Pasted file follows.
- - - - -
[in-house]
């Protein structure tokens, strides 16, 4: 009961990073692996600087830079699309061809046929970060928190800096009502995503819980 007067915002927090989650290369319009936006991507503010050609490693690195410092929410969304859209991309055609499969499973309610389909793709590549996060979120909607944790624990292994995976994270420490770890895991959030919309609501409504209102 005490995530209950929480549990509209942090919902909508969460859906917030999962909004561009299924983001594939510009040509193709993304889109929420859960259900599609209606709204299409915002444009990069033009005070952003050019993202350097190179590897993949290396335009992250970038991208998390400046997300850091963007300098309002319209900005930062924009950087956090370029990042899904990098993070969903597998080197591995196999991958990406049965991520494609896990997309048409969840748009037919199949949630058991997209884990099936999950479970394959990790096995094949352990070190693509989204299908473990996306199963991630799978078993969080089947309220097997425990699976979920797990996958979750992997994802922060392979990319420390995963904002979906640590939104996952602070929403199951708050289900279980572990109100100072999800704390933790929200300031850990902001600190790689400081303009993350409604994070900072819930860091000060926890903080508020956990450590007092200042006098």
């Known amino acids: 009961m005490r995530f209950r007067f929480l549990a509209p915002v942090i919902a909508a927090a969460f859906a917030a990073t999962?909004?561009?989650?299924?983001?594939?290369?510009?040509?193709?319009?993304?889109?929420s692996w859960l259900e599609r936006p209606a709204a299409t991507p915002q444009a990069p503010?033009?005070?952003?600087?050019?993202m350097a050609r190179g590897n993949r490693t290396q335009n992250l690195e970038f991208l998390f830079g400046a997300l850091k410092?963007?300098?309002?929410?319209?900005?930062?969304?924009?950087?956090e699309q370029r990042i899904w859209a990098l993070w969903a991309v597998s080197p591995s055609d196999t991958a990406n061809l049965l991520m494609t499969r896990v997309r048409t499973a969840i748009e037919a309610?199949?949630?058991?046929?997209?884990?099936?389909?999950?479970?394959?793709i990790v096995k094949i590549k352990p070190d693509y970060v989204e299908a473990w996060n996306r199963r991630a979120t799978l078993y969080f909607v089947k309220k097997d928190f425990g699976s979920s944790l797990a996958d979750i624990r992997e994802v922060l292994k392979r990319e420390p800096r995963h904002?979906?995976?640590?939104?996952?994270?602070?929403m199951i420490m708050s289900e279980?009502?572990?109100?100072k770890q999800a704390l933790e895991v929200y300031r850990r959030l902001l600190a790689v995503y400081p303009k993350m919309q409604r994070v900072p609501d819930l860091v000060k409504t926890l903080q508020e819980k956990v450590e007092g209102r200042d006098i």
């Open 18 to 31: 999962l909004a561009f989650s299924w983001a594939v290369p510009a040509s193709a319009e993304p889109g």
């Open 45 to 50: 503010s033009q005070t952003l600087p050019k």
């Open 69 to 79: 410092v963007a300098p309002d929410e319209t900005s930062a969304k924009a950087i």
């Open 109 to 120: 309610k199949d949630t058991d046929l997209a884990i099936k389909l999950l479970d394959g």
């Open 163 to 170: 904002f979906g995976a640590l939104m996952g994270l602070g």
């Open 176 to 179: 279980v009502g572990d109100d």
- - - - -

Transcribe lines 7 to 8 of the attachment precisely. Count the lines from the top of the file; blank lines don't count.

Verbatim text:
């Open 109 to 120: 309610k199949d949630t058991d046929l997209a884990i099936k389909l999950l479970d394959g």
């Open 163 to 170: 904002f979906g995976a640590l939104m996952g994270l602070g």